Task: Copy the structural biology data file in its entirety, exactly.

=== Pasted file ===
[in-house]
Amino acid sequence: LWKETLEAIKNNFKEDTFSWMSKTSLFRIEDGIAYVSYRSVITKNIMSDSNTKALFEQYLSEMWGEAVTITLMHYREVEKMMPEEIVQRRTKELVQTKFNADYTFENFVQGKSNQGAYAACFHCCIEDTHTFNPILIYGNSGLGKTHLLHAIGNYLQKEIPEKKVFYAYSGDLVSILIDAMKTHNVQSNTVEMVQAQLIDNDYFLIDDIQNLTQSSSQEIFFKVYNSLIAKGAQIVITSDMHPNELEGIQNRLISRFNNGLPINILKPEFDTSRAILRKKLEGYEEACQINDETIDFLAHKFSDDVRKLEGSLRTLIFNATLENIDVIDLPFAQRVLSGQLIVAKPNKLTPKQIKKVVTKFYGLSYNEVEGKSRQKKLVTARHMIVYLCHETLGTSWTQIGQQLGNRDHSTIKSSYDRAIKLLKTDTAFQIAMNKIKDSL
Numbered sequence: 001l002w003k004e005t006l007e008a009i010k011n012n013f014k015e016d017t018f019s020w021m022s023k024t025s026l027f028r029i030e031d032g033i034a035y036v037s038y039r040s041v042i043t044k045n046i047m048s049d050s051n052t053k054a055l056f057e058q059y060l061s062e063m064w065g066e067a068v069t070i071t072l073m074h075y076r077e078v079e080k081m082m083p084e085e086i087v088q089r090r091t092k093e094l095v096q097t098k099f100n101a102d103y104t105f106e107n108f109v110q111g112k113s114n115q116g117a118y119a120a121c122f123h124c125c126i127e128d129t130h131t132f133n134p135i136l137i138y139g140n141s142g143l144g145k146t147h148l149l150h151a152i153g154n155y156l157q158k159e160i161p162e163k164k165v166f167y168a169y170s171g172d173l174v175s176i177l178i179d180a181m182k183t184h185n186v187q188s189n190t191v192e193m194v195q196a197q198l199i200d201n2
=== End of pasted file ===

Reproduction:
[in-house]
Amino acid sequence: LWKETLEAIKNNFKEDTFSWMSKTSLFRIEDGIAYVSYRSVITKNIMSDSNTKALFEQYLSEMWGEAVTITLMHYREVEKMMPEEIVQRRTKELVQTKFNADYTFENFVQGKSNQGAYAACFHCCIEDTHTFNPILIYGNSGLGKTHLLHAIGNYLQKEIPEKKVFYAYSGDLVSILIDAMKTHNVQSNTVEMVQAQLIDNDYFLIDDIQNLTQSSSQEIFFKVYNSLIAKGAQIVITSDMHPNELEGIQNRLISRFNNGLPINILKPEFDTSRAILRKKLEGYEEACQINDETIDFLAHKFSDDVRKLEGSLRTLIFNATLENIDVIDLPFAQRVLSGQLIVAKPNKLTPKQIKKVVTKFYGLSYNEVEGKSRQKKLVTARHMIVYLCHETLGTSWTQIGQQLGNRDHSTIKSSYDRAIKLLKTDTAFQIAMNKIKDSL
Numbered sequence: 001l002w003k004e005t006l007e008a009i010k011n012n013f014k015e016d017t018f019s020w021m022s023k024t025s026l027f028r029i030e031d032g033i034a035y036v037s038y039r040s041v042i043t044k045n046i047m048s049d050s051n052t053k054a055l056f057e058q059y060l061s062e063m064w065g066e067a068v069t070i071t072l073m074h075y076r077e078v079e080k081m082m083p084e085e086i087v088q089r090r091t092k093e094l095v096q097t098k099f100n101a102d103y104t105f106e107n108f109v110q111g112k113s114n115q116g117a118y119a120a121c122f123h124c125c126i127e128d129t130h131t132f133n134p135i136l137i138y139g140n141s142g143l144g145k146t147h148l149l150h151a152i153g154n155y156l157q158k159e160i161p162e163k164k165v166f167y168a169y170s171g172d173l174v175s176i177l178i179d180a181m182k183t184h185n186v187q188s189n190t191v192e193m194v195q196a197q198l199i200d201n2